“We don’t market what we have,” Bailey said. “We’re slow appreciating what we have and telling people about it.”
The new committee includes representatives from local government, small business owners, an architect and property owners, Bailey said.
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The group’s first meeting included a panel discussion with Jamon Sellman, a local business owner who talked about his experiences rehabbing a loft apartment downtown. Sarah Mackert, a Champaign County native who works in Columbus, discussed some of Urbana’s advantages, including affordable property and the reasonable driving distance to Columbus and Dayton.
“We have a lot of the fundamental elements already in place,” Mackert said about Urbana’s potential to attract new businesses.
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Jason Duff, CEO and founder of Community Storage and Properties, Ltd., clicked through a slideshow of once-vacant properties throughout downtown Bellefontaine, in Logan County, that have been redeveloped in recent years for new restaurants, retail stores and apartments. He said restaurants like 600 Downtown and businesses like Brewfontaine, a local brewery, quickly developed a base of loyal customers in properties that had long been vacant.
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He said smaller cities like Urbana and Bellefontaine can’t compete directly with the state’s metro areas, so they need to be creative and make it easier for small businesses to move in. It’s hard to attract popular chain restaurants to smaller cities like Bellefontaine, so that often means finding a small business owner who’s willing to take a risk instead, he said.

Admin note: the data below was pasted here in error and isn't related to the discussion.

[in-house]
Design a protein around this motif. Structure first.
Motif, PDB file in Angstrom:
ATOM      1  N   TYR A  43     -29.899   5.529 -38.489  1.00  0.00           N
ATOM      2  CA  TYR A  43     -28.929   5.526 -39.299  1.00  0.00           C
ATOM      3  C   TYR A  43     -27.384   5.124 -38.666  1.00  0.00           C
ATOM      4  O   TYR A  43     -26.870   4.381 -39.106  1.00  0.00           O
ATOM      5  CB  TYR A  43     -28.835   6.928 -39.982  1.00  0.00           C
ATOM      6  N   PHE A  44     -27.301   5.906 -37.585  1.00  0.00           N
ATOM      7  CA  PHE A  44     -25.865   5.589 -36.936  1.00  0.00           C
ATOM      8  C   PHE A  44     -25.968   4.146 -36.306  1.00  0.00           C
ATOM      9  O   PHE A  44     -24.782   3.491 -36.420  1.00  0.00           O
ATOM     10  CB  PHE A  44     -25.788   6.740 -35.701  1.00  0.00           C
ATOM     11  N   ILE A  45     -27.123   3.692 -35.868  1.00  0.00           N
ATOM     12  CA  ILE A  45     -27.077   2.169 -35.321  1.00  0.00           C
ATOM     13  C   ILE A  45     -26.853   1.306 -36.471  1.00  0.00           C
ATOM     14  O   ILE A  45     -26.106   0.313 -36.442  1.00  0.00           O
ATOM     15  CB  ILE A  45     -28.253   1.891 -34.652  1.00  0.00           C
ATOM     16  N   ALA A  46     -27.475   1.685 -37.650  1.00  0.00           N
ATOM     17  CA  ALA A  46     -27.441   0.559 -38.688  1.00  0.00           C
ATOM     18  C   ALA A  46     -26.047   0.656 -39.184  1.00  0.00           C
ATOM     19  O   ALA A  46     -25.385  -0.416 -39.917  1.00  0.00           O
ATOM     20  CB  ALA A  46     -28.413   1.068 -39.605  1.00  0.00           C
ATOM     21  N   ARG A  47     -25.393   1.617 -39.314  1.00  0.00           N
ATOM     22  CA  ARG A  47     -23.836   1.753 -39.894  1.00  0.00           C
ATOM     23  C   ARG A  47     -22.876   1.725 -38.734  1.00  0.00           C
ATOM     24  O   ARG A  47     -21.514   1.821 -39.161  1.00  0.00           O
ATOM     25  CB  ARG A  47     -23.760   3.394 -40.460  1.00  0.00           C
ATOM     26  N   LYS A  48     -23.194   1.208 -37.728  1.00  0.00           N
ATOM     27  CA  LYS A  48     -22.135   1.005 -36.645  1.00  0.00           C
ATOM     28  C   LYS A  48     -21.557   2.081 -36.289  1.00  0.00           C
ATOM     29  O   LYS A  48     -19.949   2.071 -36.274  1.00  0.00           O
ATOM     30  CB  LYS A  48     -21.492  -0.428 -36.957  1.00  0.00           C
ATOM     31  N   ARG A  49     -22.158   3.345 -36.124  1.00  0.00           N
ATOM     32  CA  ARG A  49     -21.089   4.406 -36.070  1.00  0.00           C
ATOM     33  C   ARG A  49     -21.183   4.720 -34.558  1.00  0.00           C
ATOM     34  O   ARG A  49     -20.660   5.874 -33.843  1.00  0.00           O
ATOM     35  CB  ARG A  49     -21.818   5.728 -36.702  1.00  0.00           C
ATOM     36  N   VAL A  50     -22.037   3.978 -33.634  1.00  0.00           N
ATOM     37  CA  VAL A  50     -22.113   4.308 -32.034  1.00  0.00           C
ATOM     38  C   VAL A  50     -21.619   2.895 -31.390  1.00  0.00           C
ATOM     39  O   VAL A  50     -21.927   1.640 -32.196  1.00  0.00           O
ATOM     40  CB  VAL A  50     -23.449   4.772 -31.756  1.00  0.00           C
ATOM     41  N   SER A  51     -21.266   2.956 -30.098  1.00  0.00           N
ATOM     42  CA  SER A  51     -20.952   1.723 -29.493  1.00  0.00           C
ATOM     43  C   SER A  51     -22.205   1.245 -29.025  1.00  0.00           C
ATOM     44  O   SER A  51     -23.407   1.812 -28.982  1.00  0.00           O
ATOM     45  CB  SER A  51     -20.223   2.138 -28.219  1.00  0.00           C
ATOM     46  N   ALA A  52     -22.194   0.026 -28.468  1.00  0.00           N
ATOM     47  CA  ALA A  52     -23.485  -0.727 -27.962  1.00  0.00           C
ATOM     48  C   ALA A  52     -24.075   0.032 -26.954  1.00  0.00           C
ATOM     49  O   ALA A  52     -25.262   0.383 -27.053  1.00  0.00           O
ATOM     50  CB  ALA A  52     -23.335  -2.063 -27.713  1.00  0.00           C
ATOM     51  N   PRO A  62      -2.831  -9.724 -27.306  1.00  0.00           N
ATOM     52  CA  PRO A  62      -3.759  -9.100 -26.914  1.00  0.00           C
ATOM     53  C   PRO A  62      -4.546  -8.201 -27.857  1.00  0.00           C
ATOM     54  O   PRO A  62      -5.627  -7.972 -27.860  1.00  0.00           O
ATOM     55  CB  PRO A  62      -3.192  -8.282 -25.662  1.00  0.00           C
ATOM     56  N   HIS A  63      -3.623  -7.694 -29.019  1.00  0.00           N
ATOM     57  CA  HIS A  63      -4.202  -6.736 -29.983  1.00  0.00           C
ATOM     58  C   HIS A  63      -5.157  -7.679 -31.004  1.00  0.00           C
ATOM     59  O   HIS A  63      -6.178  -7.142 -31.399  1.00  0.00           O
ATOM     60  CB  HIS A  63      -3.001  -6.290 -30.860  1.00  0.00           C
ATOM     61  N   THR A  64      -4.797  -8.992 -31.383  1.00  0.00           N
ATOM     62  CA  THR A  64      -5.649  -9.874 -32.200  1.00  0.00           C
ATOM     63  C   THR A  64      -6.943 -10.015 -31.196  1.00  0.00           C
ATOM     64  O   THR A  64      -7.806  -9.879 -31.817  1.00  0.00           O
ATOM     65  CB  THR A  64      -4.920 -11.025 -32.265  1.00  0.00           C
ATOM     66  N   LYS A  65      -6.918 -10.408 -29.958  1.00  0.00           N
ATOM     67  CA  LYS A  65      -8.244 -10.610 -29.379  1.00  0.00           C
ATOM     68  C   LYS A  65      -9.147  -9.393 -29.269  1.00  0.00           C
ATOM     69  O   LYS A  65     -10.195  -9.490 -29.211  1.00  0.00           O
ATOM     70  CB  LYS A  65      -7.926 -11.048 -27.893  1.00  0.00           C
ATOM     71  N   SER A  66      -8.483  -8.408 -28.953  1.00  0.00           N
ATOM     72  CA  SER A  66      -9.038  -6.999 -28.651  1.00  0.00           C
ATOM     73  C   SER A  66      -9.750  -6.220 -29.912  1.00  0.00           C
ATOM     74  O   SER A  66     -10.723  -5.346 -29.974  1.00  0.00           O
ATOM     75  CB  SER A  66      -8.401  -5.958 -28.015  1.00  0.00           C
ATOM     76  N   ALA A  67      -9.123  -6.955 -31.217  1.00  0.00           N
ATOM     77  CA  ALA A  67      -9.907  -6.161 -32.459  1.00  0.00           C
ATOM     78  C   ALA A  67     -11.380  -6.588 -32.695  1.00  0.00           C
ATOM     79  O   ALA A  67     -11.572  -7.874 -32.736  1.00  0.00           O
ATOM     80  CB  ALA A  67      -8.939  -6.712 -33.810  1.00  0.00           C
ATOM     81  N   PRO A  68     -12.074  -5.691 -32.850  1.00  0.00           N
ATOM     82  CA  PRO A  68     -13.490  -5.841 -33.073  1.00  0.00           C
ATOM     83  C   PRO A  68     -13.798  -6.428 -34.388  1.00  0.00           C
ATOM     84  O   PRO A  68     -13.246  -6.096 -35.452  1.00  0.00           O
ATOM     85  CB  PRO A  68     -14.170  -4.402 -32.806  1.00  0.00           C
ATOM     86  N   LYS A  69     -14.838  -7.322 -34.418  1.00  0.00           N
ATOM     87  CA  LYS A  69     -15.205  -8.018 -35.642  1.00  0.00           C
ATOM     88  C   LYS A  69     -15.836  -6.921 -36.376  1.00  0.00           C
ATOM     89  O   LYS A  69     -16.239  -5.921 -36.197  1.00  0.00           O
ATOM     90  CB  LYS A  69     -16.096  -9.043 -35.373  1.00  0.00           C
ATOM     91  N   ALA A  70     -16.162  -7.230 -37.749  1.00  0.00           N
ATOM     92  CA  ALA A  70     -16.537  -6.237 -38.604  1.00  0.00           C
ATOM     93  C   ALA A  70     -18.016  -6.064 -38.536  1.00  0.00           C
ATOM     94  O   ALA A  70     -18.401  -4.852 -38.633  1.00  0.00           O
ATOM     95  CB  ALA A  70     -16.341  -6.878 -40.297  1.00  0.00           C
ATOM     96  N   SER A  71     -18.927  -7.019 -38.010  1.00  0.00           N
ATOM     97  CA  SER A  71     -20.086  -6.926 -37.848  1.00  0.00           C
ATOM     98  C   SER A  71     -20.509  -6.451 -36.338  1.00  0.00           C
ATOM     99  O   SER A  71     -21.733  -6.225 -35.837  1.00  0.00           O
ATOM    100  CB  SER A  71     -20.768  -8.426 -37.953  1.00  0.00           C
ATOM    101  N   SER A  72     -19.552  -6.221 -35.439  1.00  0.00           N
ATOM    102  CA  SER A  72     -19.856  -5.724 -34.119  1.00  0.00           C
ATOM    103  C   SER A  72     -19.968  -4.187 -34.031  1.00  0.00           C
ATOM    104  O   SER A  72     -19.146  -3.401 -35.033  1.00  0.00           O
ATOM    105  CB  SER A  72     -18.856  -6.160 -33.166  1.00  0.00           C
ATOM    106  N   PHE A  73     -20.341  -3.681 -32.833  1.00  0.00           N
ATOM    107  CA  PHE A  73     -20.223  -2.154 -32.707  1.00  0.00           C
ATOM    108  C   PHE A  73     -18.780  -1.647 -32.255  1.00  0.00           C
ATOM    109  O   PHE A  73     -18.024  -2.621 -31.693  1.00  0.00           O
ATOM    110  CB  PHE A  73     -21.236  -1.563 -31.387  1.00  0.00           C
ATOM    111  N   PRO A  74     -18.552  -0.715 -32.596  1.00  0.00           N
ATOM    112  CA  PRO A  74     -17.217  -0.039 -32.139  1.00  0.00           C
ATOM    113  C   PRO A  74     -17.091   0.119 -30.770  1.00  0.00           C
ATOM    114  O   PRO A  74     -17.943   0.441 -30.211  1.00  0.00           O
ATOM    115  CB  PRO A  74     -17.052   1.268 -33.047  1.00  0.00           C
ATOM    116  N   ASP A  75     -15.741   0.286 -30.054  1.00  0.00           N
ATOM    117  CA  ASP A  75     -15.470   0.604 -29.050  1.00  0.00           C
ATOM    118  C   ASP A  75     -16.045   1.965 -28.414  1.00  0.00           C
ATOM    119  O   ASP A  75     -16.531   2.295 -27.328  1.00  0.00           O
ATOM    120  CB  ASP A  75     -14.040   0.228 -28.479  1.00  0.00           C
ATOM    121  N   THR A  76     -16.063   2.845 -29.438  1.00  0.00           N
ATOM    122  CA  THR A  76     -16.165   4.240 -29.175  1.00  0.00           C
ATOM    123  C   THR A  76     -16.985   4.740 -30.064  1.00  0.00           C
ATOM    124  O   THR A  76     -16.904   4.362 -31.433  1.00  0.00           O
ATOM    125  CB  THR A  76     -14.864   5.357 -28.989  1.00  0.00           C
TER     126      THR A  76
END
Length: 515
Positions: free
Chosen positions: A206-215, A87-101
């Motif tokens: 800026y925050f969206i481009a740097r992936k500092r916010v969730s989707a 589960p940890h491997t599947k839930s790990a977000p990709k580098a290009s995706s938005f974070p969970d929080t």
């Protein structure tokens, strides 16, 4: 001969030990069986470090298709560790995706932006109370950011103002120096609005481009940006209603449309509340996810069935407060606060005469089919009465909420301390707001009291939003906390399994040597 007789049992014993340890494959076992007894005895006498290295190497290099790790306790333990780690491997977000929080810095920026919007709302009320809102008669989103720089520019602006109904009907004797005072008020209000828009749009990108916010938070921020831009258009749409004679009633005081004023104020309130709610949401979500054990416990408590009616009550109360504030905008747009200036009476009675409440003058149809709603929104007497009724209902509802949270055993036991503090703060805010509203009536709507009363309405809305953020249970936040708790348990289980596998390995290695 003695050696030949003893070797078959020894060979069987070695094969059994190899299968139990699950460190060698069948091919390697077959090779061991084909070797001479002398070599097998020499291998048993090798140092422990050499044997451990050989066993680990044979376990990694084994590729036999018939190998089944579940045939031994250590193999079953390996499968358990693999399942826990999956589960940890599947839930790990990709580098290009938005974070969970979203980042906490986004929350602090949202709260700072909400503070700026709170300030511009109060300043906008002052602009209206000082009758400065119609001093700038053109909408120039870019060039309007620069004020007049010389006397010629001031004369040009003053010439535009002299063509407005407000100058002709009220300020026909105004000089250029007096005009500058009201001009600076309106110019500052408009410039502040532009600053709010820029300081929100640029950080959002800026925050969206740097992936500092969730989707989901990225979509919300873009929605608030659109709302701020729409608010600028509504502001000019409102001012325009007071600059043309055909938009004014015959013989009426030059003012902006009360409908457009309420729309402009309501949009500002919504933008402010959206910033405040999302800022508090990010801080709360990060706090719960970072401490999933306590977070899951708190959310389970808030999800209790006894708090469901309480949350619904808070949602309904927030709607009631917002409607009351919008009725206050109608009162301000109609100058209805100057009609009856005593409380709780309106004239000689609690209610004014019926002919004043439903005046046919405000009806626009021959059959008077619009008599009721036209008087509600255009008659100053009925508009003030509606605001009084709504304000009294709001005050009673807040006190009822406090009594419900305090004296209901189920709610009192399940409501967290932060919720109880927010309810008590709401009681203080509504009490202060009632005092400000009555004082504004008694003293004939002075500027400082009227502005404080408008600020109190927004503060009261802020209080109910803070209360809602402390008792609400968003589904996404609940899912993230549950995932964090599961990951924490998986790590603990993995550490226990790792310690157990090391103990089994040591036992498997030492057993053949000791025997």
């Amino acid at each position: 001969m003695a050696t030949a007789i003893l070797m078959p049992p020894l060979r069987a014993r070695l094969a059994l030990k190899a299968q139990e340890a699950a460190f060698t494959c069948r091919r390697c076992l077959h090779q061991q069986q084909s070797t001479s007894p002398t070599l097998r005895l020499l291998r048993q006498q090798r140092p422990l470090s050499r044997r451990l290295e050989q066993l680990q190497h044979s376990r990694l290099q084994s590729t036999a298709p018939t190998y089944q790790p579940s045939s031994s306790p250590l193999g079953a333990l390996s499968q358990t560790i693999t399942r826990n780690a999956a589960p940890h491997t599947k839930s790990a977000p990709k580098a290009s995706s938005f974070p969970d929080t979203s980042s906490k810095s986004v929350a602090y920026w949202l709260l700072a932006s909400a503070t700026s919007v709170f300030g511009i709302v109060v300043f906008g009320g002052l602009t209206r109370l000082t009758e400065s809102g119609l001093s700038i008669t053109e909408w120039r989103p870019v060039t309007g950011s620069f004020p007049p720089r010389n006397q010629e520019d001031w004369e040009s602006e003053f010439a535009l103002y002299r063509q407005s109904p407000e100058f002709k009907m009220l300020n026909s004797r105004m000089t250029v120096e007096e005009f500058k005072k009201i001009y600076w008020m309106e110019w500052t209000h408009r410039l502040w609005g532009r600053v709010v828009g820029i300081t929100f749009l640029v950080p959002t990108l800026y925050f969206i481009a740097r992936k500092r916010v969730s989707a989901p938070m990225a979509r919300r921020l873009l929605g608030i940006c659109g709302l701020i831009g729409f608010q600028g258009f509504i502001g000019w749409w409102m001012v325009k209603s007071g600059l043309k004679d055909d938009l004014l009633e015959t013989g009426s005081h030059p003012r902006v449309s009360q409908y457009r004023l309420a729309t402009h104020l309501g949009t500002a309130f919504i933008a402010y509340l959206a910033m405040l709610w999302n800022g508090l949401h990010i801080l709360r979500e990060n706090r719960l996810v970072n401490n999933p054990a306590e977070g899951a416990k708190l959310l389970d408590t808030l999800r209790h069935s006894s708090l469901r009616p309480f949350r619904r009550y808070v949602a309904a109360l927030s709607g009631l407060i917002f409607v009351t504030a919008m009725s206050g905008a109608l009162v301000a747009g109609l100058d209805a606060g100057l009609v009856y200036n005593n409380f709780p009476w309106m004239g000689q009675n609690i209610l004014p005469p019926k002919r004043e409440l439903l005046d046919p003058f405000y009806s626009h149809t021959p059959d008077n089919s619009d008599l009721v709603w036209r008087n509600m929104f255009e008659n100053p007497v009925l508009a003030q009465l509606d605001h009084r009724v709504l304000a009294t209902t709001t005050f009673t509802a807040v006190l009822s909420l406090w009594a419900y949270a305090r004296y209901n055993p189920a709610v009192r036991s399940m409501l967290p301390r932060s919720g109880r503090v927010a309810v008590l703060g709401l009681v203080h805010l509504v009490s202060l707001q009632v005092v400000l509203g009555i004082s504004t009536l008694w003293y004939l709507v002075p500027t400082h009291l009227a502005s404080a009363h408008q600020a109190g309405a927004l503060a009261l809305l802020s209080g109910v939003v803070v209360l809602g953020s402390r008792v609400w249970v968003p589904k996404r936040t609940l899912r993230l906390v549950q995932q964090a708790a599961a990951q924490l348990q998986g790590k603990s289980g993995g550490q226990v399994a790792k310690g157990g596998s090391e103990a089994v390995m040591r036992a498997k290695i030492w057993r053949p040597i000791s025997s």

“There aren’t people standing in line to buy our buildings here in town,” Duff said.
Bellefontaine has made big strides in finding new uses for vacant properties and the communities will likely begin working together more closely to learn what strategies work best to spur investment downtown, Bailey said. That can also include some simple improvements, like installing signs downtown that point out the location of existing local businesses.
Bringing new business to both cities will benefit both counties and make the region more attractive, Duff said.
“We’re far enough we’re not going to compete with each other,” he said. “We need to work together and learn from each other.”
The challenge, he said, is finding the right investors and business owners and working with them to remove barriers to starting a new business.
“If we sit back and do the status quo, we’re going to die a slow death,” Duff said.
The Springfield News-Sun will continue to provide unmatched coverage of jobs anf the economy in Clark and Champaign Counties. The paper has produced several stories this year highlighting efforts by business and government entities in both Clark and Champaign Counties to attract new business and residents to Springfield and Urbana.